A Russian political commentator, Vadim Dubnov, tells “Zhamanak” that the April 2 parliamentary elections in Armenia were not of particular interest to official Moscow. “The only important question for it was the political configuration [in the Armenian parliament] and the extent to which Serzh Sarkisian will prove his supremacy,” he says. “So Moscow has hardly discovered anything or drawn any in-depth conclusions.”
“Aravot” disagrees with those who think that opposition forces should boycott Yerevan’s municipal council if they fail to win many seats there in the elections scheduled for May 14. “You can achieve a lot in the council as well as in the parliament even while being in minority,” editorializes the paper. “You just have to not view your mandate as an appreciation of your merits … and to follow instead the real meaning of that word.” It says that this is what many opposition members of Armenia’s current and former National Assemblies have done.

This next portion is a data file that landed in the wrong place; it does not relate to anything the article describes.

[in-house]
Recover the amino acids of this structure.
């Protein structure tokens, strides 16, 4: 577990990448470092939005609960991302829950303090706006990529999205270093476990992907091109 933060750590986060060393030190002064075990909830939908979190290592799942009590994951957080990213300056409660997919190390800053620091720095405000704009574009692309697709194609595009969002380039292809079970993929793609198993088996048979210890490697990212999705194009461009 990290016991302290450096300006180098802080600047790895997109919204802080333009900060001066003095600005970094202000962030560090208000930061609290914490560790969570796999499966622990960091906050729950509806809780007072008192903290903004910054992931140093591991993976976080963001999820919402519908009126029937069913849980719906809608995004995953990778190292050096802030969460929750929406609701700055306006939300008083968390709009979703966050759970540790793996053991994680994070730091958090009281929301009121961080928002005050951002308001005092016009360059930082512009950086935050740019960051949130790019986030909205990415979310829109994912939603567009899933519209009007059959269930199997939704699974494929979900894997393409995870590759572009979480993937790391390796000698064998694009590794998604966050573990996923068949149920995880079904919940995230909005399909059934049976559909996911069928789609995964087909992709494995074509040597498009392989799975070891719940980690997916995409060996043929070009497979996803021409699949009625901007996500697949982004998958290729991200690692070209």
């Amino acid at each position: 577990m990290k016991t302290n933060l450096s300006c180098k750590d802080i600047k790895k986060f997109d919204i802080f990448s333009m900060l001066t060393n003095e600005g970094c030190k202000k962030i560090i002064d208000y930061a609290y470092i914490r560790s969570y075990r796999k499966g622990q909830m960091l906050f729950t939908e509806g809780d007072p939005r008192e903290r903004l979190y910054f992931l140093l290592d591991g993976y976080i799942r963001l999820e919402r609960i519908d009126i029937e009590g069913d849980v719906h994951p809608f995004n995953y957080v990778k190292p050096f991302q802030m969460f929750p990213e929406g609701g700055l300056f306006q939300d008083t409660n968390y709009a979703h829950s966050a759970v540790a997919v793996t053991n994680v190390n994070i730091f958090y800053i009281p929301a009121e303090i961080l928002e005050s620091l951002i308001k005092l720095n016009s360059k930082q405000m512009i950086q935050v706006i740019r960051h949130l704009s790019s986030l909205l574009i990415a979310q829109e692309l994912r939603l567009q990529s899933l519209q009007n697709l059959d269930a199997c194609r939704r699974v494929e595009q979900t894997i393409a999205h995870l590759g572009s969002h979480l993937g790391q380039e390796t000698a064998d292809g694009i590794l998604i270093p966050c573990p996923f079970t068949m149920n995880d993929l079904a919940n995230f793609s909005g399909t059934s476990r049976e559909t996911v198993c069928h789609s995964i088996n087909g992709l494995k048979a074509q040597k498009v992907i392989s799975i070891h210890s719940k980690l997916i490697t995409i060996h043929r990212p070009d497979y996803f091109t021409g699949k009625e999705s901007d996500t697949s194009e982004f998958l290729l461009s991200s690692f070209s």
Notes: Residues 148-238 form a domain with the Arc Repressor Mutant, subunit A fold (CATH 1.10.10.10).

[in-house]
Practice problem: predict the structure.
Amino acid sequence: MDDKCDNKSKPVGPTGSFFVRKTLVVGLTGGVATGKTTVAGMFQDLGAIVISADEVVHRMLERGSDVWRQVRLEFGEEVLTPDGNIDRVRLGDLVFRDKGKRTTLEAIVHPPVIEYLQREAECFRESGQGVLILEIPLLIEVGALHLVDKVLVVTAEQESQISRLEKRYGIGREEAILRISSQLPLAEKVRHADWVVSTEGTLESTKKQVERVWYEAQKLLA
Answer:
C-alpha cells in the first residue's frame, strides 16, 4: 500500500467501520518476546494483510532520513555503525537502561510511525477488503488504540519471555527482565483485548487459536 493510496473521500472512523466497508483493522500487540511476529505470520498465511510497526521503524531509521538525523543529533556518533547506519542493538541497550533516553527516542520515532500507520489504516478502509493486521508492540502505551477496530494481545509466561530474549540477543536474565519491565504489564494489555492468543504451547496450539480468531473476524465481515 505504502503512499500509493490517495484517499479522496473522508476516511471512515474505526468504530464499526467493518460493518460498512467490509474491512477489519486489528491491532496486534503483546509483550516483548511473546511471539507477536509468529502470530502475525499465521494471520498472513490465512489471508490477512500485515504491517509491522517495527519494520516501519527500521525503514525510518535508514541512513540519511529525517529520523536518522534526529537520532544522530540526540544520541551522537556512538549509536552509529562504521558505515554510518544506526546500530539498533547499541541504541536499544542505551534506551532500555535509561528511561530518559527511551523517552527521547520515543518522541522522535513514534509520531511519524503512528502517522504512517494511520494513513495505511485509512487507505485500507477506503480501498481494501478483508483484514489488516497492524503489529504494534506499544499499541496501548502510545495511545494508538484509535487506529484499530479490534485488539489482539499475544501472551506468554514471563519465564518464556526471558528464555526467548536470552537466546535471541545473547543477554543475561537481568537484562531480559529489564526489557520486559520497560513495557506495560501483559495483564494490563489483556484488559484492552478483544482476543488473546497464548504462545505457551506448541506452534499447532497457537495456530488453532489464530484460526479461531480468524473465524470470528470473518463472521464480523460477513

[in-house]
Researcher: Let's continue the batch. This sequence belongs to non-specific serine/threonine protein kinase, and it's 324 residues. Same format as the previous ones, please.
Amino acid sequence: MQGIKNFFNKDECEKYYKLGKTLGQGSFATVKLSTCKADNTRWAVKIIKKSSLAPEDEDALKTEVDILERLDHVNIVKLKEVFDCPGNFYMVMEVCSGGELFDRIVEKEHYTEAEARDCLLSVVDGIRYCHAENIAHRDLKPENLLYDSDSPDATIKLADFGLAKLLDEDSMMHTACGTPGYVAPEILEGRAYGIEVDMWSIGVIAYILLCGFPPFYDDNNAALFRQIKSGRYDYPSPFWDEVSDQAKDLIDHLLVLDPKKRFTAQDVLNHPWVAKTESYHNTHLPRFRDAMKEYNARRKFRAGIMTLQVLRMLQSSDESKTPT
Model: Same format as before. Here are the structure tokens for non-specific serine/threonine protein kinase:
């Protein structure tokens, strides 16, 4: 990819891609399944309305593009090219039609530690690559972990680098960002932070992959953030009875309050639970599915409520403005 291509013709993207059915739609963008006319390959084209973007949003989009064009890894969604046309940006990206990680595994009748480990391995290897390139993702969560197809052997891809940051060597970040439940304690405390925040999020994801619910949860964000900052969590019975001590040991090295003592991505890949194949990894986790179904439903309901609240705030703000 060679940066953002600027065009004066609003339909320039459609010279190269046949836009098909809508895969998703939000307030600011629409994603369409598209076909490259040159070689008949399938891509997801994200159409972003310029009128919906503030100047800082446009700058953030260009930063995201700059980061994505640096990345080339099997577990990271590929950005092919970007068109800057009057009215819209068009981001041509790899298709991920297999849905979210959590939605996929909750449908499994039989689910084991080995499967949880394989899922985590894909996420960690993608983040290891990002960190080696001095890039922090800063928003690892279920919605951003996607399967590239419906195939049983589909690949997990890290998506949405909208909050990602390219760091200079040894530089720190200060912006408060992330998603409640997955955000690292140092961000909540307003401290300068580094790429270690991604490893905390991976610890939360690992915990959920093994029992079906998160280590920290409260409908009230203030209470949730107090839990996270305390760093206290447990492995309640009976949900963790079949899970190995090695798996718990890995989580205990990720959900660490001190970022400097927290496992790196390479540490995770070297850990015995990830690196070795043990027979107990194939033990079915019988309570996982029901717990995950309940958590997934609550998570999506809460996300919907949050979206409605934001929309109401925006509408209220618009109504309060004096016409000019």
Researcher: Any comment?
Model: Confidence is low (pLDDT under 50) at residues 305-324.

Alexander Rahr, a German political analyst, is quoted by “168 Zham” as saying that the United States, Russia and other foreign powers should continue to press for a peaceful resolution of the Nagorno-Karabakh conflict. He says that their lack of attention to the unresolved dispute could only facilitate its renewed escalation. “The big powers need serious diplomatic efforts to overcome the current Russian-American tensions, which could reflect negatively on their attention to other conflicts,” Rahr tells the paper.
“Zhoghovurd” reports that Russian President Vladimir Putin has again warned of what he sees as a risk of Western-sponsored “color revolutions” in the former Soviet Union. Putin has told the Moscow-based MIR-24 TV station that his government will do everything to thwart such revolutions. “Thus, he is saying that dictatorial regimes in the Russian sphere of influence … can totally pin their hopes on Putin’s backing,” comments the paper. “That certainly applies to Serzh Sarkisian as well, even though Putin is not necessarily interested in extending the latter’s rule.”